materials. The Web Team was responsible for the
blog, group forum, Twitter, and other modes of
web-based public and inter-team communications.
After some activity, we found that an Embedded
Systems Team and Design Team were sufficient
groupings to cover all design issues and decided
not to use a separate Materials Team.
3.4 Documentation of the Design Process
The Life Project
Camille Baker, Fiona French, Evan Raskob, Nick Rothwell
The Design Team looked carefully at the
relationship between the Creatures and humans,
and between the Creatures and their Environment.
From team notes, they first started out simply with
the concept of “robots that talk to each other” and
moved on to looking at more complex interactions
between the robots. They explored behaviours from
animal life: feeding, sleeping, procreating, being
lonely, loving each other, even boredom. The
proposition was that without care, Creatures die;
left to themselves, they cooperate with one
another; overstimulated, they would grow apathetic
and bored, even to the point of dying.
Using such a small number of states to represent
the complexity of this robotic life was inspired in
part by Conway’s simple cellular automata, in the
“Game of Life”, Alberto de Campo’s digital
Creatures project Varia Zoosystematica
Profundorum (de Campo et al, 2010) as well as
general chaos theory and generative forms in
nature such as in sea shells (Meinhardt 1998).
Representing reality in a convincing form is
something computers fundamentally do with only
two states, the binary 1 and 0. It is the structures
and processes encoded in simple state values
which create meaning: in this case, the way in
which the each Creature’s state changes over time
and in relation to the states of other Creatures and
the Environment.
A theme arose of ‘anthropology versus husbandry’;
thus taking an ethnographic approach of observing
the Creatures from an objective distance, without
disturbing them. This was contrasted by the view
that we should take a hands-on approach, using
directly intentional actions to guide their evolution.
A question arose as to whether the team should
create Creatures requiring human assistance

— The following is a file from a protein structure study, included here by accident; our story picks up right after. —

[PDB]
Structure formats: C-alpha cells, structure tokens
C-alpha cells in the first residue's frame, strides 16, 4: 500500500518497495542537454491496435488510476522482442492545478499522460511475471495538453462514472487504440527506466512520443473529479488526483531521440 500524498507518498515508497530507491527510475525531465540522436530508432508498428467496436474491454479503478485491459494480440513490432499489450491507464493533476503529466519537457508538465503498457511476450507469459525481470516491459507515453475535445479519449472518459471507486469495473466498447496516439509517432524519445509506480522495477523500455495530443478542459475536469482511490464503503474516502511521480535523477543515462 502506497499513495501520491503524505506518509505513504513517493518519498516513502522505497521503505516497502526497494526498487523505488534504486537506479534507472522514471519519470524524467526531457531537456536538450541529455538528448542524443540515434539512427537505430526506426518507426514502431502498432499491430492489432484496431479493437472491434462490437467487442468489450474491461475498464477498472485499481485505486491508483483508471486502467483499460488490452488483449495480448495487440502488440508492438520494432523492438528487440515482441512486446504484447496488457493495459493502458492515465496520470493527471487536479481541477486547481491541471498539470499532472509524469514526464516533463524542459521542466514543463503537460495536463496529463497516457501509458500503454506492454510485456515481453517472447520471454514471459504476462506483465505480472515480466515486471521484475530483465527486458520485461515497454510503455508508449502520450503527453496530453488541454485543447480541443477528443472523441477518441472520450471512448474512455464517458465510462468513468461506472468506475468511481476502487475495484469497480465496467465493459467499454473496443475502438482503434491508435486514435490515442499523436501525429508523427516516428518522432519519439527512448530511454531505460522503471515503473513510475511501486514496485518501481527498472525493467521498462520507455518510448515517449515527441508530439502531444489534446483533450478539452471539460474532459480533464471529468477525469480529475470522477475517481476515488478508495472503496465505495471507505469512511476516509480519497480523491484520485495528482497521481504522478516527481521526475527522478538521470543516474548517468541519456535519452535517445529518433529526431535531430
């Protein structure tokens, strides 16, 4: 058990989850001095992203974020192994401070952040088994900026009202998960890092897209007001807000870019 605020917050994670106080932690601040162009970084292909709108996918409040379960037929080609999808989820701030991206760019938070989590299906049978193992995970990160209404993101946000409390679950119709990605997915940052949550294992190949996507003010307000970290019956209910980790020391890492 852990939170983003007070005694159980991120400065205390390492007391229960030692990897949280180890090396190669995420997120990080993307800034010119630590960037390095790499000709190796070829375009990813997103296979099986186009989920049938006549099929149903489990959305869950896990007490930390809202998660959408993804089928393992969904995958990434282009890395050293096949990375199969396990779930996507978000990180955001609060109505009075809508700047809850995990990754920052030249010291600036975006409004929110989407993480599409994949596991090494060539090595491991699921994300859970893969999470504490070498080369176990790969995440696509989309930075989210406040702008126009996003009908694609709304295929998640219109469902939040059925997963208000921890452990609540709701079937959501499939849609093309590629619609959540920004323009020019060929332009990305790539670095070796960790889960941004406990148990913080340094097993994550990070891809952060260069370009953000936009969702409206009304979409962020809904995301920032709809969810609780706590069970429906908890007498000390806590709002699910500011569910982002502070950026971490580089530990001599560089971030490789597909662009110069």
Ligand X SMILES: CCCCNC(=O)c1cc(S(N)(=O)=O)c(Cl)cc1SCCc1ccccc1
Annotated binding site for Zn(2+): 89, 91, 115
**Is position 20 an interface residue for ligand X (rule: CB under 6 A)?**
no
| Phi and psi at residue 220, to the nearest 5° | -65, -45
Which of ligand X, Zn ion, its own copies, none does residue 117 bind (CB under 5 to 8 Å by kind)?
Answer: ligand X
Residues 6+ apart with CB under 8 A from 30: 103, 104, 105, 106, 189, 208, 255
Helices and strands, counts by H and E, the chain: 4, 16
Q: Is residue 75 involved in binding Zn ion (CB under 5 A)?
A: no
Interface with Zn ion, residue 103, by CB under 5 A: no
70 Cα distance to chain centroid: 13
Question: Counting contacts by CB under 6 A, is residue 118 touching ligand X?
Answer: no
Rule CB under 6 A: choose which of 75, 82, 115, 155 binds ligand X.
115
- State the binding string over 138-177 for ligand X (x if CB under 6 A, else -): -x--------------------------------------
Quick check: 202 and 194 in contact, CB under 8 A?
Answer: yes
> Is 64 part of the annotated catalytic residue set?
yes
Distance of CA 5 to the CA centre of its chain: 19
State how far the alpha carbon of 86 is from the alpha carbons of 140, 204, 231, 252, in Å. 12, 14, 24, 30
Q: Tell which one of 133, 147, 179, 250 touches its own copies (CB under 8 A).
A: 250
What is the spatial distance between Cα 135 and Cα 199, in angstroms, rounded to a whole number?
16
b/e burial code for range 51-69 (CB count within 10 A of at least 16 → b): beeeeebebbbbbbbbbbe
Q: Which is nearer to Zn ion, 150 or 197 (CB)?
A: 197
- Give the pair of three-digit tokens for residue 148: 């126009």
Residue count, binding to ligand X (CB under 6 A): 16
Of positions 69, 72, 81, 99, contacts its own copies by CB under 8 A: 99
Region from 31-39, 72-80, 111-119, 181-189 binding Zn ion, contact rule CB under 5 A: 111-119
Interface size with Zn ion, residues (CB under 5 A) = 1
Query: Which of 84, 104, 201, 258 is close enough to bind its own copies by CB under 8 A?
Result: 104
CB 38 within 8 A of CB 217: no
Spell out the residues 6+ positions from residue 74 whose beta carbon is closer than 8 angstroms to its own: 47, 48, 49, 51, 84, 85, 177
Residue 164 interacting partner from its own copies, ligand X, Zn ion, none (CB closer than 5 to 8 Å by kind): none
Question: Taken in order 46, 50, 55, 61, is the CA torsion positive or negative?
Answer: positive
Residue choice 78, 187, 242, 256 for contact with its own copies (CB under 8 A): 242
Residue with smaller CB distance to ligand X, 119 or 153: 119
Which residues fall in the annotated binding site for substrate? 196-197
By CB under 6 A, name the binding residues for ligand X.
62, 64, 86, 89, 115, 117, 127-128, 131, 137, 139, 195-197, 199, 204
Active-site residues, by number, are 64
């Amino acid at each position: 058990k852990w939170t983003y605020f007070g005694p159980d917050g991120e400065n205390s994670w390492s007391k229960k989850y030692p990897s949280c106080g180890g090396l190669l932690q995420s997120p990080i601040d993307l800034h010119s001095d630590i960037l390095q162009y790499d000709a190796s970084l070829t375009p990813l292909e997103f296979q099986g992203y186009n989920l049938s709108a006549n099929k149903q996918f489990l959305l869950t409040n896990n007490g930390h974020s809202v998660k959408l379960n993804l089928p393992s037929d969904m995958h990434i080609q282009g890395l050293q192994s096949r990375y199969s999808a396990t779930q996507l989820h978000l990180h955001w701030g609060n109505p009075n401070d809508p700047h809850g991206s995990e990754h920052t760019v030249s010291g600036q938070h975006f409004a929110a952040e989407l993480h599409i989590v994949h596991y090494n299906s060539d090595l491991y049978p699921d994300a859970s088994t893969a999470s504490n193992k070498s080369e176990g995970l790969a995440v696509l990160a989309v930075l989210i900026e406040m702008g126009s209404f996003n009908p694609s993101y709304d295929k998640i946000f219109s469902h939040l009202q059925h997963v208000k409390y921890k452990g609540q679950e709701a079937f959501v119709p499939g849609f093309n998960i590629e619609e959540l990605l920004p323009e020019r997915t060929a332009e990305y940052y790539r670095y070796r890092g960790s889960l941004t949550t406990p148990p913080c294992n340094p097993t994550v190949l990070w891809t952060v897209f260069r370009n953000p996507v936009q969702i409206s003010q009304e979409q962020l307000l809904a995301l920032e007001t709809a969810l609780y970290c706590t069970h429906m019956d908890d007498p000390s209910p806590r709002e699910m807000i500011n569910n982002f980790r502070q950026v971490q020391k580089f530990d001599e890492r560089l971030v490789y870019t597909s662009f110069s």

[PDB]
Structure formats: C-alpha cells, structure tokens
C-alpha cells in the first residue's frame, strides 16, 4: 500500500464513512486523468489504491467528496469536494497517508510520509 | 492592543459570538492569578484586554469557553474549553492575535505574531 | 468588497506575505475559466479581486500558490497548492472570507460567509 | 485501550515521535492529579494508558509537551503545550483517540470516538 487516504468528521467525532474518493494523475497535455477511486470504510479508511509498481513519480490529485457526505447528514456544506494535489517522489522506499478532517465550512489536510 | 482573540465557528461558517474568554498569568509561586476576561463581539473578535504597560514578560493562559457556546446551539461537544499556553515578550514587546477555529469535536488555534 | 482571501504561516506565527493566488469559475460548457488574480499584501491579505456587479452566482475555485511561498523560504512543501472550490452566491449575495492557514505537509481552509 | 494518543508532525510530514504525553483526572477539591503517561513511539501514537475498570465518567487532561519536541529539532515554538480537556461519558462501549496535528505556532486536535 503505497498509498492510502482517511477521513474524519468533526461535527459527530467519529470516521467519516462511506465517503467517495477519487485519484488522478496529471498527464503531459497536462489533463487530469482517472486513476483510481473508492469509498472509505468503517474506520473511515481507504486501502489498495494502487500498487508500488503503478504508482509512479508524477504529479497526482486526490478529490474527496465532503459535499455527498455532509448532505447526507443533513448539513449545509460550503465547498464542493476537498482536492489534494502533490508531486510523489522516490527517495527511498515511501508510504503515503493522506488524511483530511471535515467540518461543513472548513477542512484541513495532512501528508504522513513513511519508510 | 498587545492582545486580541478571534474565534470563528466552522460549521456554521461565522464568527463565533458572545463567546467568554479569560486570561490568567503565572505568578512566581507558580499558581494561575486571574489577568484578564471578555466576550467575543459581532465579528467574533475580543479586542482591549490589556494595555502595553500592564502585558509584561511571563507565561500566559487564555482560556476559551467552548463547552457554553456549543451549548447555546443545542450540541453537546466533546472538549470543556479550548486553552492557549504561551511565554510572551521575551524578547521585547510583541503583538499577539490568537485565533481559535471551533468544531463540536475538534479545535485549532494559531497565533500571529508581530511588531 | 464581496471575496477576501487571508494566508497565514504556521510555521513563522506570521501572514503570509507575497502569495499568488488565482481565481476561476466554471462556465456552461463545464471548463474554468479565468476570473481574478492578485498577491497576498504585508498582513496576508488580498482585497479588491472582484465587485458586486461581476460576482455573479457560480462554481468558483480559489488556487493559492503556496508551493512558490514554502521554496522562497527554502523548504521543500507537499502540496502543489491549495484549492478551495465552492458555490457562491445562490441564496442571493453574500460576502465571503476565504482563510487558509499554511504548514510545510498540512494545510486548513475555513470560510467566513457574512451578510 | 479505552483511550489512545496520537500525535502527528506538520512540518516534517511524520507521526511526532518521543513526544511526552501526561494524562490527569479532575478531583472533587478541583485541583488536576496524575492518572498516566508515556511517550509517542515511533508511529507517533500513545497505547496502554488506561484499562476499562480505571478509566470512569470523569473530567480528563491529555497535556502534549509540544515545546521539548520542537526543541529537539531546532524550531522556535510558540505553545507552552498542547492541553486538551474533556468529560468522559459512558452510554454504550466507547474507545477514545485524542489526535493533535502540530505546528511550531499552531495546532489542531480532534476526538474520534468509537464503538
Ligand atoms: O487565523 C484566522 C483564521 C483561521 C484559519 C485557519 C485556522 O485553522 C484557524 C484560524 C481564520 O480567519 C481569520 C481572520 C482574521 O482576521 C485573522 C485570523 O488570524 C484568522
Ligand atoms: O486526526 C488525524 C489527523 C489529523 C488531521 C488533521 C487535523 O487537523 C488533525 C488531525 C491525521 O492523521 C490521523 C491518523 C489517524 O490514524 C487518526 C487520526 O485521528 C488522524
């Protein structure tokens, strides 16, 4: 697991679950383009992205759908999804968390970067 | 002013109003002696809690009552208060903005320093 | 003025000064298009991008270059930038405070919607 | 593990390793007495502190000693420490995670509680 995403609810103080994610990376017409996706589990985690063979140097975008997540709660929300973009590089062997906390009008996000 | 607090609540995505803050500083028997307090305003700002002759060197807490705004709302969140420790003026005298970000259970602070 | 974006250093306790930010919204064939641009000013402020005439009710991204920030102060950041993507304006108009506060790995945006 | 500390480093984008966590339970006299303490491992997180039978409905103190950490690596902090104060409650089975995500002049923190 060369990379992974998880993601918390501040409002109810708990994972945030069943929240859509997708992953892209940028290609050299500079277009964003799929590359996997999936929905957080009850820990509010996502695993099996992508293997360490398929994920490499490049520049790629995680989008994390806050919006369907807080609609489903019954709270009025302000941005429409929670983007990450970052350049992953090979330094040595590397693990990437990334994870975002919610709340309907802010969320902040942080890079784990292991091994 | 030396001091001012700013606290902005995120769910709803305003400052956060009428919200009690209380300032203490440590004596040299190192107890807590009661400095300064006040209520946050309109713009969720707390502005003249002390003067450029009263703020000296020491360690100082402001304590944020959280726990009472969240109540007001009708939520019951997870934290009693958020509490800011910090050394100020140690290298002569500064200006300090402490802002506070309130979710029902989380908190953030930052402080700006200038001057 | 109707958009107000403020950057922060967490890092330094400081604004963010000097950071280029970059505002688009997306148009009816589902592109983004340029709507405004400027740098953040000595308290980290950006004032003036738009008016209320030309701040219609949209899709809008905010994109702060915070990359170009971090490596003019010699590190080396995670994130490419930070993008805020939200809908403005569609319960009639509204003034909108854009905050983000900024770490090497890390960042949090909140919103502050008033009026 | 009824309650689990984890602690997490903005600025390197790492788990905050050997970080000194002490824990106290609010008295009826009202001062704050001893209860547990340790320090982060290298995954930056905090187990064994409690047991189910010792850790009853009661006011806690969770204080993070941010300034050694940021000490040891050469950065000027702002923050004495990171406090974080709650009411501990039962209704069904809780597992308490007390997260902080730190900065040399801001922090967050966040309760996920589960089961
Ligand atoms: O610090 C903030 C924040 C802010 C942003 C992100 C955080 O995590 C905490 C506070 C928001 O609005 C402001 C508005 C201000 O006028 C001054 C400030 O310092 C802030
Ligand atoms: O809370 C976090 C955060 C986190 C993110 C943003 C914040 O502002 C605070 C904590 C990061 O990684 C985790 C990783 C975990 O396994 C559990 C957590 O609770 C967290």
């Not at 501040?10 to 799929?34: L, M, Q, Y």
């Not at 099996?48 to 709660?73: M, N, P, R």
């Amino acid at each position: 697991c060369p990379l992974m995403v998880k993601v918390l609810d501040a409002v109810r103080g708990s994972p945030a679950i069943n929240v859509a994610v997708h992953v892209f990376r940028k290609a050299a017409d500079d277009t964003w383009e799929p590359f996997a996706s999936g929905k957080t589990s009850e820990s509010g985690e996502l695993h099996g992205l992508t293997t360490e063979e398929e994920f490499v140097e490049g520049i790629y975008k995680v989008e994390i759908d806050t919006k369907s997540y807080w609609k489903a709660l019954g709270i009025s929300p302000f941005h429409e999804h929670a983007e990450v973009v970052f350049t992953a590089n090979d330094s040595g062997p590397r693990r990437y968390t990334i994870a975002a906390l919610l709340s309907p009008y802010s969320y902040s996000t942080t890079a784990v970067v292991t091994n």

(“domestic” Creatures), or “wild beasts” existing
independently of outside intervention. This choice
was viewed as “Captivity” versus “The Wild;”
Nature versus Nurture; Ecology or Evolution.
“Please don’t feed the machine” wrote Elvia in her
The team expressed strong moral and ethical
feelings around this topic. Was human intervention
in nature damaging by its very nature? Members
brought up the terms “purity” and “contamination” to
qualify this relationship. The discussion about
creating artificial “life” quickly became a proxy for
discussing our own fraught relationship between
humans and the life around us. Are we humans
simply another part of nature, or something
intrinsically different? Another discussion, inspired
by Internet “memes,” centred around the theme of
“language as virus,” where our language or
interaction could infect the Creatures’ programming
and spread amongst them. Might they contaminate
us back in some way?
The team decided that the “cellular” Creatures
should have their own behaviour when people were
not around, as well as their own language for
communicating with one another. There was some
debate as to whether this language should be
observable, and therefore, potentially
understandable by humans, or invisible, or just
plain unintelligible. “Robots should communicate
with one another foremost, and then how the
audience interacts with them can be considered the
emergent behaviour of the system” wrote Gustavo.
It was suggested that, even if they were
incomprehensible in physical form, the Creatures
would use Twitter and possibly other Internet
mediums to broadcast out thoughts and desires
whenever they felt necessary. In the end, the team
decided to use light and sound so that people
observing the Creatures could figure out what the